Appeals court to hear judge appointment law case arguments
DES MOINES, Iowa (AP) — The Iowa Court of Appeals has decided to hear arguments in a case in which Democratic lawmakers and lawyers sued Gov. Kim Reynolds to challenge a new law that gives the governor more power over the selection of supreme court and appeals court judges.
Chief Judge Thomas Bower said in an order signed last week that the court will hear arguments on Nov. 6.
Lawyer Bob Rush, a former Democratic state senator and an attorney who is one of the plaintiffs also requested Judge Julie Schumacher, the newest member of the court appointed by Reynolds, to take herself off the case.
Schumacher was appointed to the bench by Reynolds on Aug. 29 after being recommended as a finalist by the judicial nominating commission restructured by the challenged law. Schumacher was sworn in by Reynolds on Thursday in a public ceremony.
“Under the unique set of facts and circumstances herein, a reasonable person could question this judge’s fairness and impartiality because the outcome could affect the validity of her appointment to the Court of Appeals,” Rush wrote in a motion filed with the court.
Bower, however, rejected the request for her recusal. He also rejected the request for the full court to consider the case and assigned himself and four other judges to hear the case. They will decide whether the lawsuit can move forward and Bower said a decision will be expedited given the importance of the case, which means the case will be given priority and a decision issued sooner than usual.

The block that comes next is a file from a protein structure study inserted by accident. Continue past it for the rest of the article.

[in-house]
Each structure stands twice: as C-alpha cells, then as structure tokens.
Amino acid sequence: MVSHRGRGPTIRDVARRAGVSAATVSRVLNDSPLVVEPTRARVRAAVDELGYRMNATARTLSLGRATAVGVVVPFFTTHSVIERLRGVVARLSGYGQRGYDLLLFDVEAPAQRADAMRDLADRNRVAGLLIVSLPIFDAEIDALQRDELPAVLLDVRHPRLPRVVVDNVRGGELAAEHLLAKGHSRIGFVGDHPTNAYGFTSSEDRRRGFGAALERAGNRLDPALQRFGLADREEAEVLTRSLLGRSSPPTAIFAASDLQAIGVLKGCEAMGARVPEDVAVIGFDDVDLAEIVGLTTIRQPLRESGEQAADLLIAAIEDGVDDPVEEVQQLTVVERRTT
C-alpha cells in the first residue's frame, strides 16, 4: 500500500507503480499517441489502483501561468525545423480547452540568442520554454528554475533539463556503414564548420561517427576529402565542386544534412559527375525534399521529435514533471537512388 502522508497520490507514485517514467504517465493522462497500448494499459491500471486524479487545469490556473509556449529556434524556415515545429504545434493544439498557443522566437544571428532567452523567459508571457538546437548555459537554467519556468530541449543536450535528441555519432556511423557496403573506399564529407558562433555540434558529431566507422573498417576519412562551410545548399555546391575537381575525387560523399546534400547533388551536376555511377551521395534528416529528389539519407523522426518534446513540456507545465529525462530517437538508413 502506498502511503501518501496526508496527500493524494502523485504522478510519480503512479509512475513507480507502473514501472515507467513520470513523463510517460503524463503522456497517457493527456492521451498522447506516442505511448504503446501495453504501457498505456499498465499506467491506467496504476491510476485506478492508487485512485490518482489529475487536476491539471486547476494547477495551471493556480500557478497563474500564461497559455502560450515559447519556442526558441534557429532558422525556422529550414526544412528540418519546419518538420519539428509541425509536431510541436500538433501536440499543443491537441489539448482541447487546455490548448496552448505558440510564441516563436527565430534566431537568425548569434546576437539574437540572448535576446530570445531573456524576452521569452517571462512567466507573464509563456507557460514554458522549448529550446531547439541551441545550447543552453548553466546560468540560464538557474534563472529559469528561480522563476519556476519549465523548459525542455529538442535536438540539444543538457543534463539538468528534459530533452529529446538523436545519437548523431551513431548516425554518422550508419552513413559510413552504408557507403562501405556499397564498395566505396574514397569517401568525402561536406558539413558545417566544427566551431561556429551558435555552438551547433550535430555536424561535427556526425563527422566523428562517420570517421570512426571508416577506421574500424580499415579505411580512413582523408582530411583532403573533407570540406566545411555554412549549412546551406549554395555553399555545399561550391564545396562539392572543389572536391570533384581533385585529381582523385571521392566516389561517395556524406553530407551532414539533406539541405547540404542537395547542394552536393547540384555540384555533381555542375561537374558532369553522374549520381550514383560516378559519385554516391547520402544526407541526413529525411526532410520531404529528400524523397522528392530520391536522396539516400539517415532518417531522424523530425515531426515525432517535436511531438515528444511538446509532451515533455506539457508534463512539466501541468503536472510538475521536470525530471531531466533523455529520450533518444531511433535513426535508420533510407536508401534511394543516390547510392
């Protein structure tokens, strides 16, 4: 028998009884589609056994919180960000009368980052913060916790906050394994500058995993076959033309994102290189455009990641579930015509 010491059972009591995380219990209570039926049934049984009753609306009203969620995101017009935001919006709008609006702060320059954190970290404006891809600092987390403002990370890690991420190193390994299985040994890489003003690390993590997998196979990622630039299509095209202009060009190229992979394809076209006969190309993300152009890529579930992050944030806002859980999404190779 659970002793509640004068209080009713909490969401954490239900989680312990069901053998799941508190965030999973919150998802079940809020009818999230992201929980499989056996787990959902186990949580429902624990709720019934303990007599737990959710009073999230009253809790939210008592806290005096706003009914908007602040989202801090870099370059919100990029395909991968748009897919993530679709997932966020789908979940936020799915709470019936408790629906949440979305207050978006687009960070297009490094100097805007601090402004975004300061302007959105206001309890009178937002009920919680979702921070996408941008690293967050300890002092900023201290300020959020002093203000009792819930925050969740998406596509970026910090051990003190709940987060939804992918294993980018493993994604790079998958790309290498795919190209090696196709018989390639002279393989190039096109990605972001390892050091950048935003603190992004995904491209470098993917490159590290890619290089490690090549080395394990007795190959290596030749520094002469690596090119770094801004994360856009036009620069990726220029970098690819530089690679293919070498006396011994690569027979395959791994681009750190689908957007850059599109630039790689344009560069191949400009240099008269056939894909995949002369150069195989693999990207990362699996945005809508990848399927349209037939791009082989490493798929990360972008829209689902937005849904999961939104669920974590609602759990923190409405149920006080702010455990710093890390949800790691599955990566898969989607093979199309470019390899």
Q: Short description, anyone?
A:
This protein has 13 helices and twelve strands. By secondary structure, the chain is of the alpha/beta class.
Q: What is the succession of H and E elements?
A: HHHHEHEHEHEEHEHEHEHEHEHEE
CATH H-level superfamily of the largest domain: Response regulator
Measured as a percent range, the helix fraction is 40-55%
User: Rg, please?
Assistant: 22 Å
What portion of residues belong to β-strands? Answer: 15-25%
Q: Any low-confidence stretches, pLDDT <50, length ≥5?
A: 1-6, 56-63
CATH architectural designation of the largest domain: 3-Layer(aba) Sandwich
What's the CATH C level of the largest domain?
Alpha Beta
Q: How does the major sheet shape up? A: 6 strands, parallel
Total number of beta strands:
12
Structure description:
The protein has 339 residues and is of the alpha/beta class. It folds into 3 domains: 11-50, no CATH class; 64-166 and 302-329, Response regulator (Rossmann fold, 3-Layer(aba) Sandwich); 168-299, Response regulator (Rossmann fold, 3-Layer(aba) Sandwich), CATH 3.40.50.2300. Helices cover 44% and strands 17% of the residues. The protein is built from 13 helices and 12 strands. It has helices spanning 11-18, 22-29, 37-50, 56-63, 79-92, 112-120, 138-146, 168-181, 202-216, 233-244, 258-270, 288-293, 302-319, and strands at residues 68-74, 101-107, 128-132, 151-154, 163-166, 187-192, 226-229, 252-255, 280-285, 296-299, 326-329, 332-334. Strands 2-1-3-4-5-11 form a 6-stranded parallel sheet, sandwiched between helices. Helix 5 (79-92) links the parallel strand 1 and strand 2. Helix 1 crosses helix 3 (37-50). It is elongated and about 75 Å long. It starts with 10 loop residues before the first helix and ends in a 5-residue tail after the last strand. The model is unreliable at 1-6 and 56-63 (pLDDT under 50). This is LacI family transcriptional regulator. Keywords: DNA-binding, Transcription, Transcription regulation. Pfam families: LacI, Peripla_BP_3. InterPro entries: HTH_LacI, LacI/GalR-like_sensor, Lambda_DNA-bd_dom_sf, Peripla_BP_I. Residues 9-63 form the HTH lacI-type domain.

The Iowa Supreme Court last month issued an order sending the case filed in May to the appeals court.
The case had been dismissed in June by a district court judge appointed by Reynolds last year who said the lawmakers and other plaintiffs don’t have legal standing to challenge the law.
The new law signed by Reynolds in May gave her an additional appointment to the 17-member state judicial nominating commission, resulting in the governor having a majority of nine appointees.
Critics say the changes inserted politics into the judge selection system and shifted the balance in favor of the governor, giving her more conservative nominees to put on the courts.
Supporters of the law say lawyers had too much clout in deciding which judicial nominees were sent to the governor and the change places more control with the governor, an elected official instead of non-elected members of the state bar association.